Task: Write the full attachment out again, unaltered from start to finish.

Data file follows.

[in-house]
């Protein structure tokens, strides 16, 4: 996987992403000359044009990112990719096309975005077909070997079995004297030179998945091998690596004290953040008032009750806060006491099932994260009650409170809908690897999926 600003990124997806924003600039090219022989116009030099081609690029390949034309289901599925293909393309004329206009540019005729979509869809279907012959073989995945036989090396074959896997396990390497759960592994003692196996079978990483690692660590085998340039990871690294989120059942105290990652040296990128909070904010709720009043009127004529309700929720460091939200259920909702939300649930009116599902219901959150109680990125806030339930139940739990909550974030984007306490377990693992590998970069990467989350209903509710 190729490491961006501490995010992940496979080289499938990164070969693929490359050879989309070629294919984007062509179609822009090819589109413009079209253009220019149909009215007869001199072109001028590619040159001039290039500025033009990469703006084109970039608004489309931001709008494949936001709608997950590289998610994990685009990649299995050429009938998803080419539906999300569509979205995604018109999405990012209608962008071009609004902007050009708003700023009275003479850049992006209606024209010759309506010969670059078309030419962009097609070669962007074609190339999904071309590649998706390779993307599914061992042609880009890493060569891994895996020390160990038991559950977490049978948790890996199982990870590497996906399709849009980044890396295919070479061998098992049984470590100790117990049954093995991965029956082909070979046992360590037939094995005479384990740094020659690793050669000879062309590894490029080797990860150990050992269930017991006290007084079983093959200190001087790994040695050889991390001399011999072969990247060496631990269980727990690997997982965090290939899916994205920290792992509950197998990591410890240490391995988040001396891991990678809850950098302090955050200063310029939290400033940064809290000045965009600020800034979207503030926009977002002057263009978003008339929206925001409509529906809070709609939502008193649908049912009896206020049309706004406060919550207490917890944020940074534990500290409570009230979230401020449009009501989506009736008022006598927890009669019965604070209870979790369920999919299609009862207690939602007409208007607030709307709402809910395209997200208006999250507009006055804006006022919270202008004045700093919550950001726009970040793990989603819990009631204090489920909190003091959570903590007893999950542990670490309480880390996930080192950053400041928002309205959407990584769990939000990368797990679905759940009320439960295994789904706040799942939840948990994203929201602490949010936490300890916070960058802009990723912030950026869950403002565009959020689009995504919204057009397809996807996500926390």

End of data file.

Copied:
[in-house]
């Protein structure tokens, strides 16, 4: 996987992403000359044009990112990719096309975005077909070997079995004297030179998945091998690596004290953040008032009750806060006491099932994260009650409170809908690897999926 600003990124997806924003600039090219022989116009030099081609690029390949034309289901599925293909393309004329206009540019005729979509869809279907012959073989995945036989090396074959896997396990390497759960592994003692196996079978990483690692660590085998340039990871690294989120059942105290990652040296990128909070904010709720009043009127004529309700929720460091939200259920909702939300649930009116599902219901959150109680990125806030339930139940739990909550974030984007306490377990693992590998970069990467989350209903509710 190729490491961006501490995010992940496979080289499938990164070969693929490359050879989309070629294919984007062509179609822009090819589109413009079209253009220019149909009215007869001199072109001028590619040159001039290039500025033009990469703006084109970039608004489309931001709008494949936001709608997950590289998610994990685009990649299995050429009938998803080419539906999300569509979205995604018109999405990012209608962008071009609004902007050009708003700023009275003479850049992006209606024209010759309506010969670059078309030419962009097609070669962007074609190339999904071309590649998706390779993307599914061992042609880009890493060569891994895996020390160990038991559950977490049978948790890996199982990870590497996906399709849009980044890396295919070479061998098992049984470590100790117990049954093995991965029956082909070979046992360590037939094995005479384990740094020659690793050669000879062309590894490029080797990860150990050992269930017991006290007084079983093959200190001087790994040695050889991390001399011999072969990247060496631990269980727990690997997982965090290939899916994205920290792992509950197998990591410890240490391995988040001396891991990678809850950098302090955050200063310029939290400033940064809290000045965009600020800034979207503030926009977002002057263009978003008339929206925001409509529906809070709609939502008193649908049912009896206020049309706004406060919550207490917890944020940074534990500290409570009230979230401020449009009501989506009736008022006598927890009669019965604070209870979790369920999919299609009862207690939602007409208007607030709307709402809910395209997200208006999250507009006055804006006022919270202008004045700093919550950001726009970040793990989603819990009631204090489920909190003091959570903590007893999950542990670490309480880390996930080192950053400041928002309205959407990584769990939000990368797990679905759940009320439960295994789904706040799942939840948990994203929201602490949010936490300890916070960058802009990723912030950026869950403002565009959020689009995504919204057009397809996807996500926390």